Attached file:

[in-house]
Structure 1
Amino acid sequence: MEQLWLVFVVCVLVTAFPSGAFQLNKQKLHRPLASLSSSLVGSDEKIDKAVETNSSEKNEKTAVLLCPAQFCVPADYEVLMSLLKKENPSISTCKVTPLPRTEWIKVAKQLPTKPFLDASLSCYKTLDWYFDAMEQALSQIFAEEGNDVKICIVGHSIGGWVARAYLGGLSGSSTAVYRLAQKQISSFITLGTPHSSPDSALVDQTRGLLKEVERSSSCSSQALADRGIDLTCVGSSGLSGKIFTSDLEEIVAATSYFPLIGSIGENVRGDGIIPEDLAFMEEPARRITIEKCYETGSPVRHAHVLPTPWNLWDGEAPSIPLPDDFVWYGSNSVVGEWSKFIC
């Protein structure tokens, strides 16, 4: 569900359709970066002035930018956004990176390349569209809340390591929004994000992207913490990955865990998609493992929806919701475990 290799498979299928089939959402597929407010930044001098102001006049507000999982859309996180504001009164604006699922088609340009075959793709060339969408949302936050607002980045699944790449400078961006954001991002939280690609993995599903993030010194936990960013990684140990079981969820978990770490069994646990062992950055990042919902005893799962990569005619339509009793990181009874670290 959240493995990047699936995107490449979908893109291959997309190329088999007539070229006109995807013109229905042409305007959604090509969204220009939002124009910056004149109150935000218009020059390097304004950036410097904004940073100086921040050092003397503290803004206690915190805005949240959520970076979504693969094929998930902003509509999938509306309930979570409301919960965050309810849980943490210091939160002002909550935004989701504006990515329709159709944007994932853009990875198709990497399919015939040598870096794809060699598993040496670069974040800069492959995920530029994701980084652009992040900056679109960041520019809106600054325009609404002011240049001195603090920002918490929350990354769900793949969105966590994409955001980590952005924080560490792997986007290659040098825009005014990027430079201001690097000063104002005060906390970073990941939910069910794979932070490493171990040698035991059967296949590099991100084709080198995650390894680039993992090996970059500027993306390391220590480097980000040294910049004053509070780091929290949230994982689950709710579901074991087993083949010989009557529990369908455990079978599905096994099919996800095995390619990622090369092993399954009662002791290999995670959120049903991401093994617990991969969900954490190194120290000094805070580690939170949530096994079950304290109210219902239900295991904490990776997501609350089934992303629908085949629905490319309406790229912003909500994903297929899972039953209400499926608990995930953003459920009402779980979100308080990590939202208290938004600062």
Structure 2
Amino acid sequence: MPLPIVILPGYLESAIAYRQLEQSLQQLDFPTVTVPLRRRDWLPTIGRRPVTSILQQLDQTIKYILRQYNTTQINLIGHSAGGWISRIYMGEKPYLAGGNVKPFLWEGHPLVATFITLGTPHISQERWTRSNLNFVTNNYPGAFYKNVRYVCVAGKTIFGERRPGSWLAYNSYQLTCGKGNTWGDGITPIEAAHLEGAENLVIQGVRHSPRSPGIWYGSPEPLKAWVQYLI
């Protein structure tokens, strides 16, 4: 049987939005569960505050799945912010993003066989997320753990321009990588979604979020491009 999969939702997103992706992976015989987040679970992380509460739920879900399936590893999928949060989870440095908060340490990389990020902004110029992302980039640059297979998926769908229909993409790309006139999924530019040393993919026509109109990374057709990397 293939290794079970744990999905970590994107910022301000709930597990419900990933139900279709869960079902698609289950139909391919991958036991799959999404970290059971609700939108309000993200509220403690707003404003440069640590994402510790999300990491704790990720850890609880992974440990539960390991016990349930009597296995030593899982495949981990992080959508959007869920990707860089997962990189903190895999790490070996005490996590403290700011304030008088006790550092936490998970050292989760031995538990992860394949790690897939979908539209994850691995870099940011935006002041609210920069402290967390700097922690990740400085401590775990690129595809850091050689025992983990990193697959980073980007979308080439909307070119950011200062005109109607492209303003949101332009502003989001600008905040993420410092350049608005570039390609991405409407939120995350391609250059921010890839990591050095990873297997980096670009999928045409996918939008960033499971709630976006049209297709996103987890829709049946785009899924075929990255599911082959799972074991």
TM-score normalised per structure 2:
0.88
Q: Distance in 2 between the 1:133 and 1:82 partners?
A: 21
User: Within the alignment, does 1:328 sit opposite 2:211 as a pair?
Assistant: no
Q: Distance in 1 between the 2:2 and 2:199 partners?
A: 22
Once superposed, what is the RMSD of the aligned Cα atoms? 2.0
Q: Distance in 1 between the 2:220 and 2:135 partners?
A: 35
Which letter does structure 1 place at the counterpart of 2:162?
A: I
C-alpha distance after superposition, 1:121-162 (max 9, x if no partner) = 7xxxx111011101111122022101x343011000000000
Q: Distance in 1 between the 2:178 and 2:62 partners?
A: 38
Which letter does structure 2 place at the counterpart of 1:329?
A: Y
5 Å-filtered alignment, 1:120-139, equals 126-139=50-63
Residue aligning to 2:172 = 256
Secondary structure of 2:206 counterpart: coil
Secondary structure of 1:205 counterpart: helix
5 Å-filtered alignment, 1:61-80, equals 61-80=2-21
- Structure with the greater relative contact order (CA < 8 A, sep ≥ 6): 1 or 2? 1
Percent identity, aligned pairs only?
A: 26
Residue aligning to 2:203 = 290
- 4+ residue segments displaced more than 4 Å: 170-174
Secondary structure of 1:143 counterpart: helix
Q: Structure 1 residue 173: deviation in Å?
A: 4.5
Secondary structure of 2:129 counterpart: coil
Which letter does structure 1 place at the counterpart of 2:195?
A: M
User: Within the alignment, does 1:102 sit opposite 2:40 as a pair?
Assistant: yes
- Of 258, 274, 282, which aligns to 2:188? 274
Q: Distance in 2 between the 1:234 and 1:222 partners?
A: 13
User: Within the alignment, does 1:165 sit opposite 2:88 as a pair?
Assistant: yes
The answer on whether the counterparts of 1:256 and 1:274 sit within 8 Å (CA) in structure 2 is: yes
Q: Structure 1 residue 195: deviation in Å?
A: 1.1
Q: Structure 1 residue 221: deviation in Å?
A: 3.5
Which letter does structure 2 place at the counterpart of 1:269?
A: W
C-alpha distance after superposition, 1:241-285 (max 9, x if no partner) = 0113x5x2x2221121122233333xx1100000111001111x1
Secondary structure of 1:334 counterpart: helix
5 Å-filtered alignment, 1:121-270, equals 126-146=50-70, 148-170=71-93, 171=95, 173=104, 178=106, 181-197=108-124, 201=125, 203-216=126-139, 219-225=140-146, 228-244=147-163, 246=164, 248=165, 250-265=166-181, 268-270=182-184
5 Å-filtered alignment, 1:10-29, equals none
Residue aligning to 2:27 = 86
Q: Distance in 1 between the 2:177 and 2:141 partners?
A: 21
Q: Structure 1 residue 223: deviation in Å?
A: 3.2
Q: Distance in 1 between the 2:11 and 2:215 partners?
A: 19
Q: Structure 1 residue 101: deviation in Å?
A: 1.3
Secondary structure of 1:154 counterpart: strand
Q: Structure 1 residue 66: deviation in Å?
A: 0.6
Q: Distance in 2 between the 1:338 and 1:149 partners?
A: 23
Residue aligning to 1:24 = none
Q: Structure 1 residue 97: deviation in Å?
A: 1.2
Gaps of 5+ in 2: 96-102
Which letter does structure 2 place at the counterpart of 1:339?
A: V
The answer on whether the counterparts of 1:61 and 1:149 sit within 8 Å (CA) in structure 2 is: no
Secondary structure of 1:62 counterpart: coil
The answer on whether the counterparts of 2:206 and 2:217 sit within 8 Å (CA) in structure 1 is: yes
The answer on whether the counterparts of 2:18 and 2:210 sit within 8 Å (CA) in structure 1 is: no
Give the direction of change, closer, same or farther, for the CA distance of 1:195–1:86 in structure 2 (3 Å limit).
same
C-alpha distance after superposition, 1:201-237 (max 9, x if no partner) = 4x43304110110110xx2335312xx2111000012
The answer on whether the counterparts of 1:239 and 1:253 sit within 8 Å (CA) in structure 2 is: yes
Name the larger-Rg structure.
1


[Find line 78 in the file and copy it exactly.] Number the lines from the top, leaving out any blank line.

Which letter does structure 2 place at the counterpart of 1:339?